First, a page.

NPR's Anthony Kuhn Wright Bryan/NPR
NPR's Anthony Kuhn has lived in and covered Asia for the past two decades. The majority of his time has been in China — where he is currently based — though he spent most of the past three years covering Southeast Asia, including Myanmar, from his base in Jakarta. Most recently, he covered Typhoon Haiyan in the Philippines.
He fielded questions about pollution in China, North Korean intrigue, languages and his favorite Asian culinary discovery during his Reddit Ask Me Anything on Friday.
On pollution in Chinese cities
In the long term, yes, they can clean up, just as U.S. cities have done. The threats to China's public health and social stability are so huge. The hardest part will be to change "develop first, clean up later" mindset, especially for those who have yet to share the fruits of development.
On the execution of Jang Song Thaek, uncle of North Korean leader Kim Jung Un
I guess the key question is how much it strengthens leader Kim Jong Un's position, whether it means an ideological shift away from market reforms, and whether the purge will bleed into foreign policy, for example tenser relations with Seoul, Washington and Beijing ... or even more nuke or missile tests.
On what languages he speaks
Not many, just French and Chinese (Mandarin). Long list of linguistic ambitions, including Thai, Japanese, Korean, Arabic, etc.
On his scariest moment while reporting
I have not been in any terribly life-threatening situations. I have been in some angry crowds, including in Beijing after the NATO bombing of the Chinese embassy in Belgrade in 1999, and in Urumqi, Xinjiang, after rioting in 2009. And I was pretty close to Mt. Merapi when it blew up in 2010. Ground was so hot, boots were melting! All good, though.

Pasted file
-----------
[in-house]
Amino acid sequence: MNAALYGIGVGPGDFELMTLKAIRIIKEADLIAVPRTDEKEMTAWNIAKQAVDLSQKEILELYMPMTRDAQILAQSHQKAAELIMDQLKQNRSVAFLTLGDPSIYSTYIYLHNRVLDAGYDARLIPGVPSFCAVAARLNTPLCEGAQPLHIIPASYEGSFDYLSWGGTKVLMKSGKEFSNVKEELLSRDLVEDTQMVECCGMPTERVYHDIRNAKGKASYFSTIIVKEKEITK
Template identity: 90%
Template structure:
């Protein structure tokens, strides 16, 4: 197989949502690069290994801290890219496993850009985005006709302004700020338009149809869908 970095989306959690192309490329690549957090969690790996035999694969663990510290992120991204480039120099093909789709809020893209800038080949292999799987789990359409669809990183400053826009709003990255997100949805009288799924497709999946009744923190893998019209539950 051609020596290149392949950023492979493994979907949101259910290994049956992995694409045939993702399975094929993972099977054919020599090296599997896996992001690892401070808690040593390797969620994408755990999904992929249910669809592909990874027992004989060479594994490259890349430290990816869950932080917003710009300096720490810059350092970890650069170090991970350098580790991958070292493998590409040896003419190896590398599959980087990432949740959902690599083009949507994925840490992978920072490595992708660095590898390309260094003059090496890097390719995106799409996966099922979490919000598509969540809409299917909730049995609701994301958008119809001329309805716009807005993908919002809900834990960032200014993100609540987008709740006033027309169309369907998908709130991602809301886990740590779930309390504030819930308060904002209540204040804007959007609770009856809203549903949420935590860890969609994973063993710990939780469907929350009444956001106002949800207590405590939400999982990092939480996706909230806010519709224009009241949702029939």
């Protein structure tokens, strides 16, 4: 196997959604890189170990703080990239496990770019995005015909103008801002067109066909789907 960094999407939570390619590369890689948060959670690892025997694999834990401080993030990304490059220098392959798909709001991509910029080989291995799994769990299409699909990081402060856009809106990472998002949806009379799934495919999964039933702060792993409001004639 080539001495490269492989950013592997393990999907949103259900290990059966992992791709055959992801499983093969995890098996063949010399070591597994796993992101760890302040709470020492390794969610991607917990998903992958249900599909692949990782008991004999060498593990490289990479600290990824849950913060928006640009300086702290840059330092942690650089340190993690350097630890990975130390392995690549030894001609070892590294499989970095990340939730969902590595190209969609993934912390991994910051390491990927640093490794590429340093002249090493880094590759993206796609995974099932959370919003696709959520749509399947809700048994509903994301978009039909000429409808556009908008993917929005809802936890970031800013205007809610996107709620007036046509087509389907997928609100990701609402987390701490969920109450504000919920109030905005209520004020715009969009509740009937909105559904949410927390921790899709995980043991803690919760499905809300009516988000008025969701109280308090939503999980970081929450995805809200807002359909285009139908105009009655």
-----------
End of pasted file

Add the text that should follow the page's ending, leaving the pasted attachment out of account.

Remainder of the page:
On the most fun he's had while reporting
So many I can't remember. Trekking in the footsteps of naturalist Alfred Russel Wallace in North Sulawesi, Indonesia, this spring, looking for endangered species. Floating around the planet in general, living off the kindness of strangers and friends who share their thoughts with me.
On his favorite meal that he didn't know about before he got to Asia
Gotta be Indonesian tempeh — the nutty, smoky flavor, best with nasi kuning. The food of the Indonesian archipelago is so varied, looking forward to discovering more of it.
On the Chinese people's vision of their place in the global community
What does the name "Z" or "Central Kingdom" (Middle Kingdom is a mistranslation) tell you? They were the world's biggest economy and leading sci/tech power for centuries. Many of them see the past 150 years of backwardness and humiliation as an anomaly that is nearly over, and that they will resume their rightful place at the center of Asia and the world. Then again, their conceptions of nation state and race are evolving.
On overall political stability in Asia
I feel political stability is very fragile in many places. What are the implications of a country — China, e.g. — spending more on internal security than on national defense? I wonder whether that is sustainable. The region lacks political architecture to address such issues — look at how effective ASEAN has been in addressing conflicts in western Myanmar, Thai-Cambodian border, etc.
Read the entire AMA here.